Musical Comedy by Shostakovich? (December 22, 2004)
Shostakovich, Lady Macbeth (December 2, 2004)
Lady Macbeth of Mtsensk on DVD (November 18, 2004)
It is difficult for today's audience to understand the import of a work treated in its time as an "anarchistic grenade" or charged with formalism by Stalin's censors -- The Nose was in effect banned by Soviet authorities, after 16 performances at Leningrad's Maly Theater, where it was premiered on January 30, 1930, before being forgotten for 40 years until its triumphant revival, in 1974, in Moscow. But no one can be unaffected by Nicolai Gogol's short story, from the Petersburg Stories. Under the guise of telling the terrible story of Platon Kovalev, a simple collegiate assessor who has lost his nose and, with it, his virility and place in society, Gogol creates a ferocious satire of the administration and some social behaviors connected with the question of power in the "knout period" of Nicholas I.The 24-year-old Shostakovich created a blockbuster of an operetta, requiring a large cast, and Gergiev apparently brought a small army of performers with him from St. Petersburg for this short series of appearances. If you want to get to know the literary background better, here are a few Gogol tales in English, including The Nose (1835).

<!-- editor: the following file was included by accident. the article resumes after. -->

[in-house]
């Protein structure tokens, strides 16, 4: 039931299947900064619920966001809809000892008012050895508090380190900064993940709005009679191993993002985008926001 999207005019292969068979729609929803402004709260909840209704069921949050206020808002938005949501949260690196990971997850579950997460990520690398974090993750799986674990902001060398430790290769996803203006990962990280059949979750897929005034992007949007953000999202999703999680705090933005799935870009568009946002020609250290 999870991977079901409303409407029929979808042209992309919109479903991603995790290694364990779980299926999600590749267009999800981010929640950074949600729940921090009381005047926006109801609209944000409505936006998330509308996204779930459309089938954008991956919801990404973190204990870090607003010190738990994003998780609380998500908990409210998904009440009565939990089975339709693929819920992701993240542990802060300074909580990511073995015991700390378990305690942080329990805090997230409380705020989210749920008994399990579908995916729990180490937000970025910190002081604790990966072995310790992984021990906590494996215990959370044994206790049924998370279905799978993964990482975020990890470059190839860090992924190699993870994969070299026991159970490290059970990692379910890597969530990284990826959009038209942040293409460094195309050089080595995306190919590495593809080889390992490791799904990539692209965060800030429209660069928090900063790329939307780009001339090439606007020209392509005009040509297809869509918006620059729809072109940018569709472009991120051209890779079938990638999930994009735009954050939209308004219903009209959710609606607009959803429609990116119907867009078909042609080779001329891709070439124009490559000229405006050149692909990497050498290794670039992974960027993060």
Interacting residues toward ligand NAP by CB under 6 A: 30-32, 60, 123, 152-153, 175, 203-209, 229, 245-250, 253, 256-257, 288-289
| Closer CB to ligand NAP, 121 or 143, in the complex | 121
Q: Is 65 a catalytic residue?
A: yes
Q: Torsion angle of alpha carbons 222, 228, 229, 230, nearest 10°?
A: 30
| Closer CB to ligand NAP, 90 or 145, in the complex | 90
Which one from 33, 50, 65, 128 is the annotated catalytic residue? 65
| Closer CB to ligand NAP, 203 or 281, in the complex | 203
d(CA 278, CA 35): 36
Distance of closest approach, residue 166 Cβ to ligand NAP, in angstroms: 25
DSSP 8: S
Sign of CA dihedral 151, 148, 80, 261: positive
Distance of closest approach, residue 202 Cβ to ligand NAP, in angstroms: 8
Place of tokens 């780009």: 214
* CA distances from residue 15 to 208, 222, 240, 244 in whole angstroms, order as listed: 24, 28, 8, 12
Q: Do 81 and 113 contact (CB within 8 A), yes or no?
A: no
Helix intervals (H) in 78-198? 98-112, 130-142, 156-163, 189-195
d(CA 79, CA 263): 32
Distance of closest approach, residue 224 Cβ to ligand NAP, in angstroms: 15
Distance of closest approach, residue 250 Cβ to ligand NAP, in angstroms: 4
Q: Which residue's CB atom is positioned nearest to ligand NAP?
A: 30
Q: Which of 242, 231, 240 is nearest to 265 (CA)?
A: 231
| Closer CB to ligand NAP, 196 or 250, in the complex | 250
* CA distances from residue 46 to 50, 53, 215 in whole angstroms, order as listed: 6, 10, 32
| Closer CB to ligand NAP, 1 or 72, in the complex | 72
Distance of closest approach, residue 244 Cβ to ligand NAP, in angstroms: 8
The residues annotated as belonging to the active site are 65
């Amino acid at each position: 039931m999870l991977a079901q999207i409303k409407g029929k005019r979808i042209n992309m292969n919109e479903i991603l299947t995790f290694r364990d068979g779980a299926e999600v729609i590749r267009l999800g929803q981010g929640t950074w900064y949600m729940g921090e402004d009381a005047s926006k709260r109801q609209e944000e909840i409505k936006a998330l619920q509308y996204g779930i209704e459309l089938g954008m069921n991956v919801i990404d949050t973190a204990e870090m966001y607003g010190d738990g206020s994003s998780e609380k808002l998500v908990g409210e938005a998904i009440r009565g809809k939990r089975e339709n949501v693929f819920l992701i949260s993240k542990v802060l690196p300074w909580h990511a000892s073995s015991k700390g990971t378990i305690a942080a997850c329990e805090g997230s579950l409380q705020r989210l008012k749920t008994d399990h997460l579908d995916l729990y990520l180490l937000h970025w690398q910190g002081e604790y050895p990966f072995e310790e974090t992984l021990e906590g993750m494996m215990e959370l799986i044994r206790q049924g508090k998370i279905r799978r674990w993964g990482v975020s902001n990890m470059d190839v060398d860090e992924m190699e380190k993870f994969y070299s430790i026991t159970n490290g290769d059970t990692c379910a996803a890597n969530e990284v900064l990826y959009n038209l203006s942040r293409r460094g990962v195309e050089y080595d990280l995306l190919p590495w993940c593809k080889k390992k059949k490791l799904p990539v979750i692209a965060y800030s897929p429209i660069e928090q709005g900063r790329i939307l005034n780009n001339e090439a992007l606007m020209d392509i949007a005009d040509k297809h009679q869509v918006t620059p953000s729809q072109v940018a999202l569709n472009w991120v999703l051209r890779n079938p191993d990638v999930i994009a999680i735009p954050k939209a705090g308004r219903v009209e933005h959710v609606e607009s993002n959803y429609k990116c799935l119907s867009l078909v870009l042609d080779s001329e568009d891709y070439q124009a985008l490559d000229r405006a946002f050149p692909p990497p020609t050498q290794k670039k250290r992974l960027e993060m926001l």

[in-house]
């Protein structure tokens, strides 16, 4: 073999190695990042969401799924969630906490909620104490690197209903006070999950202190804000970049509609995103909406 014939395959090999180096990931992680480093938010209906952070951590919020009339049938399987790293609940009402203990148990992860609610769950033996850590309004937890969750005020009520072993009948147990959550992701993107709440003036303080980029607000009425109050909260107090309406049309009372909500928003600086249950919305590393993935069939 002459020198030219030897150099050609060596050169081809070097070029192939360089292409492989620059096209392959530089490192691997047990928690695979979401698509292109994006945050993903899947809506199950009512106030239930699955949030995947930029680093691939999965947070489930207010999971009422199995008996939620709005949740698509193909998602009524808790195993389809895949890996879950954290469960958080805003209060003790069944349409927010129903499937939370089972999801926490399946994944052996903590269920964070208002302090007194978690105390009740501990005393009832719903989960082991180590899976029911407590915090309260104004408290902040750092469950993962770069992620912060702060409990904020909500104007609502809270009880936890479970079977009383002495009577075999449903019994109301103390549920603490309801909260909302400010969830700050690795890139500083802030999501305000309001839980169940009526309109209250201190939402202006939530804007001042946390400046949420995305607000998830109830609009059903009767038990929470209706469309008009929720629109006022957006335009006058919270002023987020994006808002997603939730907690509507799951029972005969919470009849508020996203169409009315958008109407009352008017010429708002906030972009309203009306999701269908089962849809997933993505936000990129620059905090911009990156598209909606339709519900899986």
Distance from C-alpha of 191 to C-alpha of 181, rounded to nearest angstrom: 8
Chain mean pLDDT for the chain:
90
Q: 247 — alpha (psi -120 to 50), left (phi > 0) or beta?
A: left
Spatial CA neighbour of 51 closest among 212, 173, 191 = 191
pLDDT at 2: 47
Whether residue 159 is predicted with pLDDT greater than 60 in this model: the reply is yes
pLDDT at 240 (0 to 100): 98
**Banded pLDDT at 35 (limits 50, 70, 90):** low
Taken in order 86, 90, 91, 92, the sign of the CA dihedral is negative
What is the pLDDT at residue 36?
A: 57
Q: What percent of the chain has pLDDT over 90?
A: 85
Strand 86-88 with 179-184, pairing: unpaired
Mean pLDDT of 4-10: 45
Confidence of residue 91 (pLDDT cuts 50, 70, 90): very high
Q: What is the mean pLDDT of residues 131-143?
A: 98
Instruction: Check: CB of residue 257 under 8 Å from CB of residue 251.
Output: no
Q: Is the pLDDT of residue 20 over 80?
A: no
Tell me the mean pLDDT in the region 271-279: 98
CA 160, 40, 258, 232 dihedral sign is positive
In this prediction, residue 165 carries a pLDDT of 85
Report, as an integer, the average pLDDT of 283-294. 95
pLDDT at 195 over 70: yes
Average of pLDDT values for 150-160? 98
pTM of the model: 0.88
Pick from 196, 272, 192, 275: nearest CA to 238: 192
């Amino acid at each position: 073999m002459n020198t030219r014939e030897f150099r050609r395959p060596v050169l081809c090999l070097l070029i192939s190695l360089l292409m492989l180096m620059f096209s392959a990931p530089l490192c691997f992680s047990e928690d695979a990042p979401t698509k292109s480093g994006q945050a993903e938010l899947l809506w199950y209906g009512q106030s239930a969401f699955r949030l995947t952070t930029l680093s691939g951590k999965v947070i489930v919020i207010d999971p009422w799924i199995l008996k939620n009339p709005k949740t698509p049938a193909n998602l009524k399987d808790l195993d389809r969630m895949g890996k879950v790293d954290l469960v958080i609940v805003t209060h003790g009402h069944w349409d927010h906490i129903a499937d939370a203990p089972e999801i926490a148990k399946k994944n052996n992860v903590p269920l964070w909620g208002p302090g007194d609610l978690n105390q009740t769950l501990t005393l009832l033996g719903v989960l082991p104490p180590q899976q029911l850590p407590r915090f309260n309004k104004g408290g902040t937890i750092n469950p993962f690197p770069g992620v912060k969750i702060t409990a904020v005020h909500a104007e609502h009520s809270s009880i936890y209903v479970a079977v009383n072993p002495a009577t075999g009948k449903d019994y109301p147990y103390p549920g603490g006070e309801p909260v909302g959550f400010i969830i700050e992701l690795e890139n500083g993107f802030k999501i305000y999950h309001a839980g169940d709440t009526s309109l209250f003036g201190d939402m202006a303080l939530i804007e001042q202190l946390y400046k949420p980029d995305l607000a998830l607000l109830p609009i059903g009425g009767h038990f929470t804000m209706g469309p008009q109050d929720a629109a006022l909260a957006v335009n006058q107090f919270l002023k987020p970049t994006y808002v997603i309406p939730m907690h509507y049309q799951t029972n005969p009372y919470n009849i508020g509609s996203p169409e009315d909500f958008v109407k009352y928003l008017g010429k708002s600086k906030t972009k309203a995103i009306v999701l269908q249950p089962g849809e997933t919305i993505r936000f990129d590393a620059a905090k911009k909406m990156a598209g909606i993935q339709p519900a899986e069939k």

Yuri Alexandrov's rich and daunting staging, conceived as a series of circus acts, Zinovy Margolin's sets with giant buildings seen from the sky, Maria Danilova's gigantic and colorful costumes, David Avdysh's burlesque choreography, and Gleb Filshtinsky's acidic lighting all evoke the paintings of Marc Chagall. The Mariinsky's company of singers is stunning in spirit and virtuosity. Today's Mariinsky Theater is in all ways truly in the realm of excellence. While still observing the reduced texture intended by Shostakovich, who incorporated in his orchestra the rare sonorities of the balalaika, the domra (another string instrument), and the flexatone (a sort of musical saw), Valery Gergiev's phalanx of players was an immense brigade on campaign, armed to the teeth. As for the singers, they can do it all: singing, dancing, laughing, crying, and acting. They also have that rare attitude, appearing to enjoy what they are doing and to take pleasure in it.
Philippe Herlin, Pied de nez ! (ConcertoNet.com, November 16)
Jorg von Uthmann, Noses Off: St. Petersburg Visits Paris With Shostakovich Opera (Bloomberg News, November 16)
Caroline Alexander, Chostakovitch mené par le bout du nez (Webthea, November 23)
Washingtonians will have the chance to hear the Mariinsky Theater and Valery Gergiev this February at the Kennedy Center. We get Parsifal and Turandot but unfortunately no Shostakovich. Paris gets all the good stuff!